Sunday, June 21, 2009

Automating Repetitive Twitter Tasks Using Linux

First, I realize this is going to generate some issues for some, since Twitter's use is primarily for micro-blogging, keeping connected with others, but some have been using it for other various reasons.

Image representing Twitter as depicted in Crun...Image via CrunchBase

I think the producing backlinks (which really doesn't work as far as Google is concerned...but I digress) and driving website traffic are two good examples, and these are what I've been investigating with a couple of accounts at Twitter.

One of those accounts is @zippydpinhead. I picked on him because I used to read Zippy the Pinhead comic strips in HighTimes magazine in my early 20's and thought it was...*dude*...*funny*...*cough**cough*...

I primarily use Ubuntu for my workstation these days, but have used Linux for years on the desktop and in small enterprise.

My experiments were first to see if automation worked. Fortunately we have curl and a multitude of posts on the subject floating about the internet.

My zippy character posts several times per day, using this crontab entry the following simple shell script and the fortune program. It is supposed to redirect stderr to a log, and stdout to /dev/null. I'm still experimenting with the redirect bit, so please correct me if it's wrong ;) :

# This runs our script 6 times starting at 1pm
*/10 13 * * * /home/me/bin/zippy.sh
#!/bin/sh

# Compose our message using fortune, and the zippyism's
MSG=`fortune zippy`
curl -s -u zippydpinhead:zippypassword -d "status=$MSG http://is.gd/16zaD #zippythepinhead" http://twitter.com/statuses/update.xml 2>/where/youwant/logs/zippytwits.log 1>/dev/null

This found me wondering if I could automate other things...so I came up with this script, that pulls down my followers, parses the contents, and adds a few tweets on Fridays for #followfriday

#!/bin/bash

USER=`grep twitter.com ~/.netrc | awk '{printf $4}'`
PASS=`grep twitter.com ~/.netrc | awk '{printf $6}'`
TEMP="tempff.txt"
NAMES="followers.txt"
RAND=`cat /proc/sys/kernel/random/uuid | cut -c1-4 | od -d | head -1 | cut -d' ' -f2`

# This gets a max of 100 users from our followers list
# since we know we have > 2000 followers, we'll randomly select
# from one of 20 pages
PAGE=`expr $RAND % 20 + 1`

curl --netrc -s http://twitter.com/statuses/followers.xml?page=$PAGE > $TEMP

# This rips everthing out except the properly formatted screen name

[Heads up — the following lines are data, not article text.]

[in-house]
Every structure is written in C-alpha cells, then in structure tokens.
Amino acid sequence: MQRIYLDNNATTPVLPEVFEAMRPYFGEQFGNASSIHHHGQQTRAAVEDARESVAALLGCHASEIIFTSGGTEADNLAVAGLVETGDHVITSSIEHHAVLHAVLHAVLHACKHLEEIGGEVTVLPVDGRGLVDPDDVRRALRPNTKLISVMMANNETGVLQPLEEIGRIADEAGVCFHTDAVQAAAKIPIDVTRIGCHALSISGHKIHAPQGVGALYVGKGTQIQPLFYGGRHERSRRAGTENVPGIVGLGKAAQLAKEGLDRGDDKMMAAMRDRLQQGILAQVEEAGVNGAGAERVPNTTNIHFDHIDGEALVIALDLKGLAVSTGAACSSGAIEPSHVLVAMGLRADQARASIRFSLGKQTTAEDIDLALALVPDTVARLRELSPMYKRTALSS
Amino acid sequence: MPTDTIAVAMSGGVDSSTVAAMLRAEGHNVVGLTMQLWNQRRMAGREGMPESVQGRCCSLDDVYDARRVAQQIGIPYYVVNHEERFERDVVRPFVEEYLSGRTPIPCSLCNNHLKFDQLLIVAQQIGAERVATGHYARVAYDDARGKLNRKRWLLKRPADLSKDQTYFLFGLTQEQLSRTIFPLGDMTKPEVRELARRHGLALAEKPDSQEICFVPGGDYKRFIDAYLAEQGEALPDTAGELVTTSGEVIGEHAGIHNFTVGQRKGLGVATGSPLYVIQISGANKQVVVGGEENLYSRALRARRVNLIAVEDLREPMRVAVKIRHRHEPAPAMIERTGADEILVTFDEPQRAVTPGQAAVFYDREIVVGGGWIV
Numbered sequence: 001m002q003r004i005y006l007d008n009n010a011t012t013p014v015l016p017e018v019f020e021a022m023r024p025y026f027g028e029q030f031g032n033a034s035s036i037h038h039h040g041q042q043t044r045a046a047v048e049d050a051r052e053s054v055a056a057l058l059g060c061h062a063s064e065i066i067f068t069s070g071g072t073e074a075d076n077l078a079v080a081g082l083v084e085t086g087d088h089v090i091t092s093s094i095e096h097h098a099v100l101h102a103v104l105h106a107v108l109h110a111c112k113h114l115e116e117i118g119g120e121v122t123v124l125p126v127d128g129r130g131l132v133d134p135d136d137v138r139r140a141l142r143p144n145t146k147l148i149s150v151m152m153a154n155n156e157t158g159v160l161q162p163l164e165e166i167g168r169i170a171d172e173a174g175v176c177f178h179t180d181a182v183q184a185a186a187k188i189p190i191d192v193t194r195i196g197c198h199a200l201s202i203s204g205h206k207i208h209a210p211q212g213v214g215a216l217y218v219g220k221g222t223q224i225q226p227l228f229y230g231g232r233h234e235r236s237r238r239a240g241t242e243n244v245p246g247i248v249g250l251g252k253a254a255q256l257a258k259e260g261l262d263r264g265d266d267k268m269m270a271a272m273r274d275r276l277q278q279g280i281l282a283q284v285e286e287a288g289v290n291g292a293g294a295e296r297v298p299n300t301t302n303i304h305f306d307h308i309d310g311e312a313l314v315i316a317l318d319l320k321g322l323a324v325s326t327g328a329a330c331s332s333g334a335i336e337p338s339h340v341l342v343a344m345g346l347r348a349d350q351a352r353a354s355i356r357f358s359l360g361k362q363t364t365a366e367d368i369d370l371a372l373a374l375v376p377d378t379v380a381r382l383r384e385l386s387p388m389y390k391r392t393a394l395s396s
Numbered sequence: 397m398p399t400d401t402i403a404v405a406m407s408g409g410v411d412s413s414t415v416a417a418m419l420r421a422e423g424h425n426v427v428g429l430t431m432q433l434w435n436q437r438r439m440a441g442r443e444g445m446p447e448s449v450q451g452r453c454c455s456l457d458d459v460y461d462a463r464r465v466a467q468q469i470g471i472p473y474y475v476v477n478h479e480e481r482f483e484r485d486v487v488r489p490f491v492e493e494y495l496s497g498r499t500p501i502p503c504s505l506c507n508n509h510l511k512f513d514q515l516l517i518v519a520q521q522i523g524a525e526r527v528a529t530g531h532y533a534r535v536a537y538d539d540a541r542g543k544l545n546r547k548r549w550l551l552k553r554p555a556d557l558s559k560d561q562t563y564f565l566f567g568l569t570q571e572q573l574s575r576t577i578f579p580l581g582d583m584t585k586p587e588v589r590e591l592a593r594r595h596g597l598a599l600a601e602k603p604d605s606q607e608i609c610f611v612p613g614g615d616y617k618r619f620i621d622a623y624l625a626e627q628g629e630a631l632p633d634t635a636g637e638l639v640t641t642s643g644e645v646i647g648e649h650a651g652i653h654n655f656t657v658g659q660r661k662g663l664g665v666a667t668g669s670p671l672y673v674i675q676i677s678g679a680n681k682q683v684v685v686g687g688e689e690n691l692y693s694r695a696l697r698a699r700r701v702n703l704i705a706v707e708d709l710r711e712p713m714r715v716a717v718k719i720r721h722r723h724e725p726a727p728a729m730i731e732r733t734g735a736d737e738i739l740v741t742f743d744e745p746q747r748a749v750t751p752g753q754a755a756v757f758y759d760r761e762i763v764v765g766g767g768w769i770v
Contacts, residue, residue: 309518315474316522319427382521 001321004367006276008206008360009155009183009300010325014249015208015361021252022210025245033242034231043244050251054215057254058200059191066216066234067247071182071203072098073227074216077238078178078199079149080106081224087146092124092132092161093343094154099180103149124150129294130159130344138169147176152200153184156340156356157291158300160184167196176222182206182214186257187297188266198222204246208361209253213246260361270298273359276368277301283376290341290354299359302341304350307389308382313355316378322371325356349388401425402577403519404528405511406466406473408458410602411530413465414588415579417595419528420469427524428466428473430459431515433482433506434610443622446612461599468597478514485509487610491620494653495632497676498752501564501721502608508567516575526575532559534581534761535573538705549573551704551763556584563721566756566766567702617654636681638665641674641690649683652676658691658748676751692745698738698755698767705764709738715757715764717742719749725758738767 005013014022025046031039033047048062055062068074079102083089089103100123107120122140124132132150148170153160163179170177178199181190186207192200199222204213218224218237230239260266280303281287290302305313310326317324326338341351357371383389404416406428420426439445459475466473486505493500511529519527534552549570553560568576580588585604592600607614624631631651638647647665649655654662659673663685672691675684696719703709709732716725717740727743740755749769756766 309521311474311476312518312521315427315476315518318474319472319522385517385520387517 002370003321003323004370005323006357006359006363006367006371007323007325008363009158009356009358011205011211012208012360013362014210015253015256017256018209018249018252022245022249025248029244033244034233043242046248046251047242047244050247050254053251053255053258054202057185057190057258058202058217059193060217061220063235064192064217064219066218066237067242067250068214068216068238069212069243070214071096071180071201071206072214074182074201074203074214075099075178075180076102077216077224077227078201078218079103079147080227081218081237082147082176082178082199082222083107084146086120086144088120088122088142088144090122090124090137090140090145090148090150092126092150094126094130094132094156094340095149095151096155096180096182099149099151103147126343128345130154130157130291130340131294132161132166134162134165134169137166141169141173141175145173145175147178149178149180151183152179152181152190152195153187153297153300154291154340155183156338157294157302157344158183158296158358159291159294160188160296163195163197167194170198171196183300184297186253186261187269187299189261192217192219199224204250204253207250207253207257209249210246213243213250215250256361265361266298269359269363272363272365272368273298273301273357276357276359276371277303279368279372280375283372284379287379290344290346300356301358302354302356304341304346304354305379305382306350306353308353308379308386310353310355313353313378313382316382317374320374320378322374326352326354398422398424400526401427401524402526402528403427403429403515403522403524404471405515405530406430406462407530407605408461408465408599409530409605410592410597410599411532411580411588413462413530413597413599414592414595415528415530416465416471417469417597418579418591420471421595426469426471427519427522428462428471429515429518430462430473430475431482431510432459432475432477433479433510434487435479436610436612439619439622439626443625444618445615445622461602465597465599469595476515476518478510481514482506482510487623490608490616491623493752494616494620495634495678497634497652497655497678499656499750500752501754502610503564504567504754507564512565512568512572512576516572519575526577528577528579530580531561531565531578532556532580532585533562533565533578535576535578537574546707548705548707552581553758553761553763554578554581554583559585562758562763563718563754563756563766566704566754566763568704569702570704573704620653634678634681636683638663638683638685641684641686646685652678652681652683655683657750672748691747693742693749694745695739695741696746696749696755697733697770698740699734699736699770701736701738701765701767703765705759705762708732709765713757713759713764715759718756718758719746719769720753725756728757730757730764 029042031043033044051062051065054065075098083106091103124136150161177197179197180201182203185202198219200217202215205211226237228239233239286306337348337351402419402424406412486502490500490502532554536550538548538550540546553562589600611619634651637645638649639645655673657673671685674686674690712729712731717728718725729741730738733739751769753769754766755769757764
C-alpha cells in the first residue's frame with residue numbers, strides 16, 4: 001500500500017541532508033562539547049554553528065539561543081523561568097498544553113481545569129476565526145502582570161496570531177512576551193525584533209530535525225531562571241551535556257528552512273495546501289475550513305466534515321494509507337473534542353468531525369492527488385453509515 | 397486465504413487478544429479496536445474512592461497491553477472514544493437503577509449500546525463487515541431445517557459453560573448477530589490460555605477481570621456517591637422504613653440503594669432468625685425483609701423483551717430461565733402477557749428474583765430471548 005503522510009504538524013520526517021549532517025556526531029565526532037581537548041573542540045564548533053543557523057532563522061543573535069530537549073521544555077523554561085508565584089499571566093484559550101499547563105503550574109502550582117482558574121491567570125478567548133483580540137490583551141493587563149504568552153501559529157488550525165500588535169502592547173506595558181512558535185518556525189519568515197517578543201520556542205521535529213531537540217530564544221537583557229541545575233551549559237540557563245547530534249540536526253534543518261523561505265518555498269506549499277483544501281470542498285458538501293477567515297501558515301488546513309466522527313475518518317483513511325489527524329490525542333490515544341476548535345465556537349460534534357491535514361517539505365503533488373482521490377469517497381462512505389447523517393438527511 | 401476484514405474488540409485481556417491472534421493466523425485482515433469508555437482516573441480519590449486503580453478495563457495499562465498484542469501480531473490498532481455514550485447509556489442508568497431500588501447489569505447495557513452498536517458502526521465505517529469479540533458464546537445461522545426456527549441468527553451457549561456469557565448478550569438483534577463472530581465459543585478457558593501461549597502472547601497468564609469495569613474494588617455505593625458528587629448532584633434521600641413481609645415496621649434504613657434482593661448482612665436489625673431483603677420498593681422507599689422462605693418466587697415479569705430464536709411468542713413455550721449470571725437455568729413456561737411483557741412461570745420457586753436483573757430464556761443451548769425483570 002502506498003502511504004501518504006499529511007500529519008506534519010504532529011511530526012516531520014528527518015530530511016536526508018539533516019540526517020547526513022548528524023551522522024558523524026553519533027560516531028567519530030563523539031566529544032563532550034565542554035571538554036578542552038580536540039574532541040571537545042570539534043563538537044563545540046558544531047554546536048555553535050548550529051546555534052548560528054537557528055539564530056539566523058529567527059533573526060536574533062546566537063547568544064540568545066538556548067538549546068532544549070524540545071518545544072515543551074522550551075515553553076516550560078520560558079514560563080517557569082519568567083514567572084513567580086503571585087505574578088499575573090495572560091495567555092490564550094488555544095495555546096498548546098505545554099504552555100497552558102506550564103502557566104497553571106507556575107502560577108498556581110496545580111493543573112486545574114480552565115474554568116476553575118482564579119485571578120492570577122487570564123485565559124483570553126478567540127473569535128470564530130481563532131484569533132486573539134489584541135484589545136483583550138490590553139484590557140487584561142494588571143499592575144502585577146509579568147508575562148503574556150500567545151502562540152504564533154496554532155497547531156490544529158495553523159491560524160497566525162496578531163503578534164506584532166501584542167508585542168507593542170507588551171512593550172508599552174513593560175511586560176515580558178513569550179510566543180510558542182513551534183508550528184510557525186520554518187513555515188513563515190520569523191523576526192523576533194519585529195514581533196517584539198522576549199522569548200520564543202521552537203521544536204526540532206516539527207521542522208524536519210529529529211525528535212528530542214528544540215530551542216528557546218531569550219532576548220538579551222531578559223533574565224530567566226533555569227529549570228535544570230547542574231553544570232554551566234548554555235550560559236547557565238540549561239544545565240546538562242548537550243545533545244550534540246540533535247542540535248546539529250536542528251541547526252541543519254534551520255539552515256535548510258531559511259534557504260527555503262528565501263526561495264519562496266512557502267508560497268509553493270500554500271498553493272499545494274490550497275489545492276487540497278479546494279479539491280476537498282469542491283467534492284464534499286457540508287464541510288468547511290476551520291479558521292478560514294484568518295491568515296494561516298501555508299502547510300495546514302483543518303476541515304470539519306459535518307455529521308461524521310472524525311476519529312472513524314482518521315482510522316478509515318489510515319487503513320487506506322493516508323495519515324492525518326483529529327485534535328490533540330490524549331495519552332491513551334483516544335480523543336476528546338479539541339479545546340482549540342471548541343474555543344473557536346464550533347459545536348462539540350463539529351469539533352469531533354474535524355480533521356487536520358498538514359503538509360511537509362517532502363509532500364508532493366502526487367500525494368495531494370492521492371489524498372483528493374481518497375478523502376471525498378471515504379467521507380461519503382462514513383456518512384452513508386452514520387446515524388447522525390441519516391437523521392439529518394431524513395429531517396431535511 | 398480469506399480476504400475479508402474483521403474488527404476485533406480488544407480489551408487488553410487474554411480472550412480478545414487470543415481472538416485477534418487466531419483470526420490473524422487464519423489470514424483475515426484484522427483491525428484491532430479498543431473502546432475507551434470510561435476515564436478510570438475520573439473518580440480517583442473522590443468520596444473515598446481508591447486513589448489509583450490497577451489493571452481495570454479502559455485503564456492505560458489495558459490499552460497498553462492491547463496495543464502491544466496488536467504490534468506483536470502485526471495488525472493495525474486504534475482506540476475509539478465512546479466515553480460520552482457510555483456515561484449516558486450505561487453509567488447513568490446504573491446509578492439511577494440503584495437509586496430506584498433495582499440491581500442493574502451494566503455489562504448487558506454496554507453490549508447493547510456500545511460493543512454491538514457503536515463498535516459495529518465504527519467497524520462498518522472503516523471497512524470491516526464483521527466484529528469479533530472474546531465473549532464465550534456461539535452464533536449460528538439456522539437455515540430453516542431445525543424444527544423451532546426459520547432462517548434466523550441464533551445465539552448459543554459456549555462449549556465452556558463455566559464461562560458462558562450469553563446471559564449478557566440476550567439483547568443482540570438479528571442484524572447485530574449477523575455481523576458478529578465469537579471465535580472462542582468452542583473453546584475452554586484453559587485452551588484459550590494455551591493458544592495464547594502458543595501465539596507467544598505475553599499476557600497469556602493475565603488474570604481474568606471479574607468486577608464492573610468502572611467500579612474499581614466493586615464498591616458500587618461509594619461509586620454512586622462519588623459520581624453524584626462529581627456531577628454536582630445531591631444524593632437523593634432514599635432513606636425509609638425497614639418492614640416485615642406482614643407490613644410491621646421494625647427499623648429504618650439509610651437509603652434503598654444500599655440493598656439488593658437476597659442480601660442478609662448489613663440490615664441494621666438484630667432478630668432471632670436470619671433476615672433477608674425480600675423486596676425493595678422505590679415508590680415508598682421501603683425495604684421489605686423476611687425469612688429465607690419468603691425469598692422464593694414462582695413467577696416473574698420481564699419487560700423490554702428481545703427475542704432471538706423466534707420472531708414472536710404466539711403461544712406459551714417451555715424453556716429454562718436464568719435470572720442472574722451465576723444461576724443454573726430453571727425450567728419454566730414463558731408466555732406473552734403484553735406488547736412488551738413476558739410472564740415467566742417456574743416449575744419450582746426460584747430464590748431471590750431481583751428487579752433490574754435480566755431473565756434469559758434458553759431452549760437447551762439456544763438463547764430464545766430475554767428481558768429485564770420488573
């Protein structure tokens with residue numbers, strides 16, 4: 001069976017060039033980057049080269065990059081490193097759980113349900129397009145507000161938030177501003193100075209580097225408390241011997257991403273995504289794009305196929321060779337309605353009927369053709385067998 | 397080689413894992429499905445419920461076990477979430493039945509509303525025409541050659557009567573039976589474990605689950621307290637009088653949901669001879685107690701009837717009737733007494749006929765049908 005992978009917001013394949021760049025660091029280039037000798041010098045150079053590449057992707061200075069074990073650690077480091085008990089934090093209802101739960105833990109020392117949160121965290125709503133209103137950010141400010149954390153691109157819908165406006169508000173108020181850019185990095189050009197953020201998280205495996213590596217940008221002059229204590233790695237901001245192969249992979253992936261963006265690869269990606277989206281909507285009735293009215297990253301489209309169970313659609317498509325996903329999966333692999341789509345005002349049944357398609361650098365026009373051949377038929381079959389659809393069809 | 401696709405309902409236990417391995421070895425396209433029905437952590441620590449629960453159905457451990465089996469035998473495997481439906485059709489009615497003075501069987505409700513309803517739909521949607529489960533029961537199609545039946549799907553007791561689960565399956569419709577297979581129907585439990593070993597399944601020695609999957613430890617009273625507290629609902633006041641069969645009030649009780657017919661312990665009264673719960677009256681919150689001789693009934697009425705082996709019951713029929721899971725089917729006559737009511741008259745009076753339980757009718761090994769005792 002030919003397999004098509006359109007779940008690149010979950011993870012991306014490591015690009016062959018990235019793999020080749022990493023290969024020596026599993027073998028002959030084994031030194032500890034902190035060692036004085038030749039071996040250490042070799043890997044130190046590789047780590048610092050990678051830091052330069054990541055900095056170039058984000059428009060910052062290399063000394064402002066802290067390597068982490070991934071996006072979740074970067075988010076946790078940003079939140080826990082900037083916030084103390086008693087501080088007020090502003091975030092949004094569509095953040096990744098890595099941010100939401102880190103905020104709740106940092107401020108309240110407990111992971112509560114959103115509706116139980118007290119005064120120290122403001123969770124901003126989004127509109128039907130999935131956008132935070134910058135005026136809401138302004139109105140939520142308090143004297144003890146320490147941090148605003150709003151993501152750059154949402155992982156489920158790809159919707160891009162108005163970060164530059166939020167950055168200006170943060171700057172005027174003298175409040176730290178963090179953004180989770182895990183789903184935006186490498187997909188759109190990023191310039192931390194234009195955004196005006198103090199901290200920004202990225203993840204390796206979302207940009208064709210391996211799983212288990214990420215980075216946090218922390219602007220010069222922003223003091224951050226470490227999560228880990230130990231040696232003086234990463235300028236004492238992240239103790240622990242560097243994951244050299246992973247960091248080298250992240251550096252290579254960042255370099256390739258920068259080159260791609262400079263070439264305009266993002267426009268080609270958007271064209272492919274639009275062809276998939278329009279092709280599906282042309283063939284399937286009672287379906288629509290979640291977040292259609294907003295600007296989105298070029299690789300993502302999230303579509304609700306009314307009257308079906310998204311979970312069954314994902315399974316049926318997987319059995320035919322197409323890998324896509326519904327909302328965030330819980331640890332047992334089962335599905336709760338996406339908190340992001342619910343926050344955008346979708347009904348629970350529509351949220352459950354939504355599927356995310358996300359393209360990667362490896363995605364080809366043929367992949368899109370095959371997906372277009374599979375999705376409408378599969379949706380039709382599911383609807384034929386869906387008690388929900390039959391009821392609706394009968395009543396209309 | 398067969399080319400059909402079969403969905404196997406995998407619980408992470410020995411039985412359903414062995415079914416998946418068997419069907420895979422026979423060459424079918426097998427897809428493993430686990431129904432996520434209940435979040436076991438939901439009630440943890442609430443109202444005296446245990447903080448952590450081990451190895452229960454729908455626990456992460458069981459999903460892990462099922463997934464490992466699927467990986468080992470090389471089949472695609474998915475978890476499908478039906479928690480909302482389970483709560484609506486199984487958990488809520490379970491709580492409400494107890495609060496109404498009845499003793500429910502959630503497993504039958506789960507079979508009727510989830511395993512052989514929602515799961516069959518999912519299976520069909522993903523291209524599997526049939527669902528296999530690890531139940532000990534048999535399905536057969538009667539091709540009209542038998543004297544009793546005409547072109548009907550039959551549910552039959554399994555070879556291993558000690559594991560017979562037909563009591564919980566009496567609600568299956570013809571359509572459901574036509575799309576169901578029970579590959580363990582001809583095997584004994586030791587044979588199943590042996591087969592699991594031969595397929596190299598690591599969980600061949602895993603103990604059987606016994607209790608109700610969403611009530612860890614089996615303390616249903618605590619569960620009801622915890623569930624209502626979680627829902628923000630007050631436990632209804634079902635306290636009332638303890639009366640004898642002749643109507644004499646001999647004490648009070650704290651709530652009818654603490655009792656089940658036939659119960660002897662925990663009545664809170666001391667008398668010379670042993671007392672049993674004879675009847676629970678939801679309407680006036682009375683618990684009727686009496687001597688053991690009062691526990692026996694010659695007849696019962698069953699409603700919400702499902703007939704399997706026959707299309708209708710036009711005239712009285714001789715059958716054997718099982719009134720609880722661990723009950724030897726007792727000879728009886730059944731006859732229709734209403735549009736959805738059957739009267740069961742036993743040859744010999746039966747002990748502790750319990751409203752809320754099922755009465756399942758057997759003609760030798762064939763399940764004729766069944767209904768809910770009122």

sed -e "/<screen_name>/!d" \
    -e 's/^\ *//' \
    -e 's/<\/\{0,1\}screen_name>//g' \
    -e 's/^/@/' $TEMP > $NAMES
    
# remove our temp file
rm $TEMP

# Extract followers
NFOLL="10" # This is the number of followers we will cull from the list
LINES=`cat $NAMES | wc -l`
LINE=`expr $RAND % $LINES + 1`
MSG=`head -$LINE $NAMES | tail -$NFOLL`

# Announce our ff
curl --netrc -s -d "status=Follow Us!: $MSG #FF http://bit.ly/nFu0I" http://twitter.com/statuses/update.xml

# remove our ff file
rm $NAMES

If you change the amount that tail grabs from the followers1.txt line (it's -10 right now) you can modify the number of users you want to suggest for #ff

I recognize the reason why this bot-like method of updating your Twitter account will be unpopular with most, but how and why you use these methods are up to you.

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2 comments:

Dennis said...

Hi John,

Cute Kids... I would like to know if your MSM-f- Access Project program is free ware?

I am about to start catologing a large house and private museum in Scotland and need a Collection Management System. We are a poor charitable Trust and need to minimize costs...

Please let me know if I pruchase MS Access and download your program will I be able to use it. I am just average at computer skills and need something that is fairly simple to use...

Thanks for your help. I leave for Scotland on the the 13th.

Look forward to hearing from you soon.

Dennis I. McAllister
President and Board Chairman
Clan MacAlister Society, Ltd.
An Educational 501(c)(3)Non Profit

John Croson said...

Yes, it is freeware.

If you check the project site, you'll find instructions on how to download, and use WITHOUT Access.